ASTOR Enters Service

Discussion in 'Current Affairs, News and Analysis' started by Magic_Mushroom, Dec 2, 2008.

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  1. One little snippet of news which barely warranted a mention on the MoD website was that the UK’s Airborne Stand Off Radar (ASTOR) system has formerly been accepted into service.

    Having been involved in the Project, it’s been at times a troubled gestation. However, I think it deserves flagging up as one very good piece of news amongst the oft highlighted procurement gloom. Although the website inevitably focuses on the airborne ‘segment’ of ASTOR, 5(AC) Sqn is of course a Joint RAF and Army unit (with a smattering of RN types for good measure).

    ASTOR has excellent potential and introduces an entirely new dimension to the UK’s Battlespace awareness. Feedback from the customer so far has been excellent so well done to all for their efforts.

    More information here.


  2. How long was the delay of it coming into service?,and how much over budget was it?
  3. It's a few years late from the originally stated date but is not overbudget.
  4. I'd heard that the project was underbudget. Or was this just heresay?
  5. Any AAR Capability...........

    And why this with rivet joint????
  6. Few years or decades late? A bit out of touch but isnt this CASTOR from the 1 (BR) Corps days - I seem to remember it was due in the late 80s.

    I am sure MM will educate me
  7. Technically I believe that it may just be under budget yes.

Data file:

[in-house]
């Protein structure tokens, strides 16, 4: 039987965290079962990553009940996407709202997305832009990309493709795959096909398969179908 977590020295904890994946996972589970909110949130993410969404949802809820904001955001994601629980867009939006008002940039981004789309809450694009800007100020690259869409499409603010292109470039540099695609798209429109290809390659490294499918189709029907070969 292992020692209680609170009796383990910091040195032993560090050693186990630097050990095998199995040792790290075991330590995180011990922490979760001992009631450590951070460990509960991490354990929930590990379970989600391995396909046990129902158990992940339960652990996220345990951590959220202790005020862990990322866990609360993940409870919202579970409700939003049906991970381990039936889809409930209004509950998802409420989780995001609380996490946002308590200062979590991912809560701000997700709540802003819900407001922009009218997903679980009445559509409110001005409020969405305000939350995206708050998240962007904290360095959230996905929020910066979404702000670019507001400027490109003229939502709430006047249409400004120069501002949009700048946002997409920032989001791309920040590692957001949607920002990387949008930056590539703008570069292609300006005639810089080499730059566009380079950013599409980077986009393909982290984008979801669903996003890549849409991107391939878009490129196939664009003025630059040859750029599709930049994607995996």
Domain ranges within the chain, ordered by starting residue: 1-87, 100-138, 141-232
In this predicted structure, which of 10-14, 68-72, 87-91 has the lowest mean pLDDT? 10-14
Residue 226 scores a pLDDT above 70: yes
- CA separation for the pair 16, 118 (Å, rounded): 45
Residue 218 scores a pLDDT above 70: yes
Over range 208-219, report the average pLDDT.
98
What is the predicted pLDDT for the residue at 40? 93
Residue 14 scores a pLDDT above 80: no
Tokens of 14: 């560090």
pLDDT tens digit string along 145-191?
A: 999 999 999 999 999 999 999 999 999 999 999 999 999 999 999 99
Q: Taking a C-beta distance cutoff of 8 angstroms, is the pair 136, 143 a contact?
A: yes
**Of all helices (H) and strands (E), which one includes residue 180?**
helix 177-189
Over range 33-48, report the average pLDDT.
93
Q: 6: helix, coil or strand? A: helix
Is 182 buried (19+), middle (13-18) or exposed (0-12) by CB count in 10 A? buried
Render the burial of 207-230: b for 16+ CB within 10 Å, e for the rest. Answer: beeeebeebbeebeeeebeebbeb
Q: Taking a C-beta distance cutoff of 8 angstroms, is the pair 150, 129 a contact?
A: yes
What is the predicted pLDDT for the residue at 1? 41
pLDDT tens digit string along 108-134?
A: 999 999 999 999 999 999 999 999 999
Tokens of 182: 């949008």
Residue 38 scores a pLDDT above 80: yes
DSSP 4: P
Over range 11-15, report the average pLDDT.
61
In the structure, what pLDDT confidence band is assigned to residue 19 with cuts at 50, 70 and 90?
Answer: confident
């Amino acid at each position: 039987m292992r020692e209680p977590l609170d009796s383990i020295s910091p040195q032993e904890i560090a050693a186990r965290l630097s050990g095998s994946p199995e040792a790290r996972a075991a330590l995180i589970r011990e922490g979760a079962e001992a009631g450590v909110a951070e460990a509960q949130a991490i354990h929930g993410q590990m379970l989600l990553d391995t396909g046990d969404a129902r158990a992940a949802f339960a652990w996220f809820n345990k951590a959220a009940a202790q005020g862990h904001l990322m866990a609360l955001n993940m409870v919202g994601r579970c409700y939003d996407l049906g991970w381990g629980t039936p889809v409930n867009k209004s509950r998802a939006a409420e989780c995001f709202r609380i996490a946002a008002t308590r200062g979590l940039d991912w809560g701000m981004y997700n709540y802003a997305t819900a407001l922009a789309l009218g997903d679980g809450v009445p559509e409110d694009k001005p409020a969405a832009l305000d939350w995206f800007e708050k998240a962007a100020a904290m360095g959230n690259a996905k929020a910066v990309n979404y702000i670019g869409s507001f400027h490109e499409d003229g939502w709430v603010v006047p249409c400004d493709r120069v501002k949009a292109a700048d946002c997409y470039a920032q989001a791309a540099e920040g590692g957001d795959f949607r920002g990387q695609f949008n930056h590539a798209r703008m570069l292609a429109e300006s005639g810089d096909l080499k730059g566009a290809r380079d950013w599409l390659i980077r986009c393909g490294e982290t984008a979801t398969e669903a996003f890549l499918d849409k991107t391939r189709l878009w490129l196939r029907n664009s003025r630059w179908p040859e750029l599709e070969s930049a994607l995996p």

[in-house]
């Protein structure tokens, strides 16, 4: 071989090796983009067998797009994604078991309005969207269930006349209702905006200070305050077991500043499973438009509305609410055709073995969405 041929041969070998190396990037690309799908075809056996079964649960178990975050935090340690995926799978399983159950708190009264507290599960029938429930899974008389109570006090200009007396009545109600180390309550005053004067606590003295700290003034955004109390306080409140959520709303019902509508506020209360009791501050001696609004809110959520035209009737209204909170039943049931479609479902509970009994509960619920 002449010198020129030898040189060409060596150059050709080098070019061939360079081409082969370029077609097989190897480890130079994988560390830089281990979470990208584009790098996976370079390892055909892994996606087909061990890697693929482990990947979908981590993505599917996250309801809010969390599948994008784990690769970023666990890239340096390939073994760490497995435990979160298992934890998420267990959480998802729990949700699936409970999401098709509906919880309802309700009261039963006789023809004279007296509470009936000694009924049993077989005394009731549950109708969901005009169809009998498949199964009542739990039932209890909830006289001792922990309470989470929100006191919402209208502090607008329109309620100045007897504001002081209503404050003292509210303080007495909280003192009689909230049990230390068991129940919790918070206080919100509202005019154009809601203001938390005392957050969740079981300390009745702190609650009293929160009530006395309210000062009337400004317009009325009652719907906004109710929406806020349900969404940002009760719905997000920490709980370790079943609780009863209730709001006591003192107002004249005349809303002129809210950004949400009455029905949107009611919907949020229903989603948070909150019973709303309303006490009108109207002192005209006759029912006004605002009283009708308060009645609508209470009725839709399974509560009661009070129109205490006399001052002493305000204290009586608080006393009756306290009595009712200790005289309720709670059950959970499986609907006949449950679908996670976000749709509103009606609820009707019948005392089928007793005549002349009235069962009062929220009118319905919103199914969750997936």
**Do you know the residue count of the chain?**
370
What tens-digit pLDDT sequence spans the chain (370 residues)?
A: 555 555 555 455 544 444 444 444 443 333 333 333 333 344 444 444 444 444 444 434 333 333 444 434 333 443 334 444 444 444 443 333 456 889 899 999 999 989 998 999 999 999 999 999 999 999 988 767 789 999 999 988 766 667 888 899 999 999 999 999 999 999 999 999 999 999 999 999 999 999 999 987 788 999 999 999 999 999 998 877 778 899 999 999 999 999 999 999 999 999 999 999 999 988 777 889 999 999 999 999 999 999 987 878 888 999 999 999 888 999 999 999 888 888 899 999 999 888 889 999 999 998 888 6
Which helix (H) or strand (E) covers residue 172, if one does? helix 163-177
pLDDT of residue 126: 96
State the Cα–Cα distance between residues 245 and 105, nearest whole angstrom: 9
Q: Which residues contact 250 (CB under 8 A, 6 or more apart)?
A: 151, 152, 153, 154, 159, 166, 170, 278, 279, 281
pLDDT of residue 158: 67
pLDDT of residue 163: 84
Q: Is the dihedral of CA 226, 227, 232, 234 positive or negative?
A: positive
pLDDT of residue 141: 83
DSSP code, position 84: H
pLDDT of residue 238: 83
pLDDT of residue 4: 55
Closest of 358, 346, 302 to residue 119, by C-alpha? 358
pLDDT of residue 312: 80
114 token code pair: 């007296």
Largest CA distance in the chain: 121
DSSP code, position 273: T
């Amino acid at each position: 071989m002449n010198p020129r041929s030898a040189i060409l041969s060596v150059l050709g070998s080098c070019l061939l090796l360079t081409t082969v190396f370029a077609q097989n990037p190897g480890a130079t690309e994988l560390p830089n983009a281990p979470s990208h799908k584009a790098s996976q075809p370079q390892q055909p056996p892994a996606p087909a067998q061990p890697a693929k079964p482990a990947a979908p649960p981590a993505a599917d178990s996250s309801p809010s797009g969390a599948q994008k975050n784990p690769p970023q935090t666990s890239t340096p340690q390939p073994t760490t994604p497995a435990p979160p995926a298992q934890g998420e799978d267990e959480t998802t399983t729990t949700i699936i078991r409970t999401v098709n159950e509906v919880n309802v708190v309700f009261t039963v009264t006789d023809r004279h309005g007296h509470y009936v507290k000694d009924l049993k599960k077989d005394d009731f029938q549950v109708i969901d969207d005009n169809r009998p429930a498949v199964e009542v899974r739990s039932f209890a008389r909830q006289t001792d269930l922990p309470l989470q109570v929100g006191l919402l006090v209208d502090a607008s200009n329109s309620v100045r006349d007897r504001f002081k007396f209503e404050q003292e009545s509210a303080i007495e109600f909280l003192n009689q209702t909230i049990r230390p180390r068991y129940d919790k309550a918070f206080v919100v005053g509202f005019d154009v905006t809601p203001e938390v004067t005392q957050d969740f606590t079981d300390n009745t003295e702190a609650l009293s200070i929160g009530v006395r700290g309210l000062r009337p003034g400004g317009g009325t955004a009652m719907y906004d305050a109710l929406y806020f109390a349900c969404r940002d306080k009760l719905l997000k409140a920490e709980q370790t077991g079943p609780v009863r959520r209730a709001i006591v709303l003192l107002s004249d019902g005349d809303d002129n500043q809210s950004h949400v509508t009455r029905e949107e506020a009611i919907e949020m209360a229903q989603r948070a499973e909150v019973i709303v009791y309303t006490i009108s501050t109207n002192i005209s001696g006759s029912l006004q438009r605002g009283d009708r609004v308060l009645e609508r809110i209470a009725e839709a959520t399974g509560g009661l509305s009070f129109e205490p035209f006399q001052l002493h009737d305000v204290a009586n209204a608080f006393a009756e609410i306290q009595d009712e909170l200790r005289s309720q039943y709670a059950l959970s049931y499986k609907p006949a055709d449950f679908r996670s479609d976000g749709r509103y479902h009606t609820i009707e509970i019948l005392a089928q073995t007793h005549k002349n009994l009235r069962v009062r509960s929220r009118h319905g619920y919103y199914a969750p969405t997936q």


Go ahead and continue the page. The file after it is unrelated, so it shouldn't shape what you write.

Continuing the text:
As far as AAR goes, unfortunately not. It was removed to reduce weight at a time when the Sentinel was struggling to stay under Max All Up Weight. Falure to achieve that would have had significant implications for certification (which was accomplished on the back of the civilian aircraft on which it is based, the Global Express) and therefore costs.

    To be honest, I think that the lack of AAR is manageable (if not ideal) as the aircraft has fantastic engines and an exceptional performance due to its supercritical wing. It has a very creditable endurance at a pretty high level and its operating altitude improves the sensor grazing angle (and therefore line of sight range and Synthetic Aperture Radar image quality) in comparison to the 707 based E-8C JSTARS.

  8. 9 Hrs Airborne I understand..

    How about at high altitude in afghan.

    How does this compare to the R1/MR2
  9. Not a wah, but was is the airframe?
  10. Cheers instinct.
  11. It's likely to be a success so the papers don't care and the RAF doesn't need to unleash its feeble publicity machine and the world's shortest 4* to tell everyone how great it is. Just like Nimrod R1 it will do its job well and it will do it quietly unless, heaven forbid, something goes wrong.
  12. Like XV230
  13. meridian

    meridian LE Good Egg (charities)

    Indeed, a genuine success story if with some big bumps along the way

    Hopefully as the weight of the sensors and computers come down as they inevitably will do it will be able to get the refueling system.

    Are there any plans to put the ground station capability into any RN ships?

    I also think it would be ideal Canberra PR9 replacement, take out the radar/mission systems and the weight and space saved could be used for optics, other sensors and communications equipment.

    Do the Swedes have a SIGINT version. would that be of any use?
  14. So when will the IAs necessary to analyse the take should it be used be trained ? It's not as if we have them standing around idle these days. Indeed, is the plan still to rely on reservists ? It might be an idea to train a few if it is, although probably best to start by letting them know it's on their To-Do list.

    The cynic might define "into service" in this case as the provision of airframes and qualification for flying pay; not as the provision of a capability.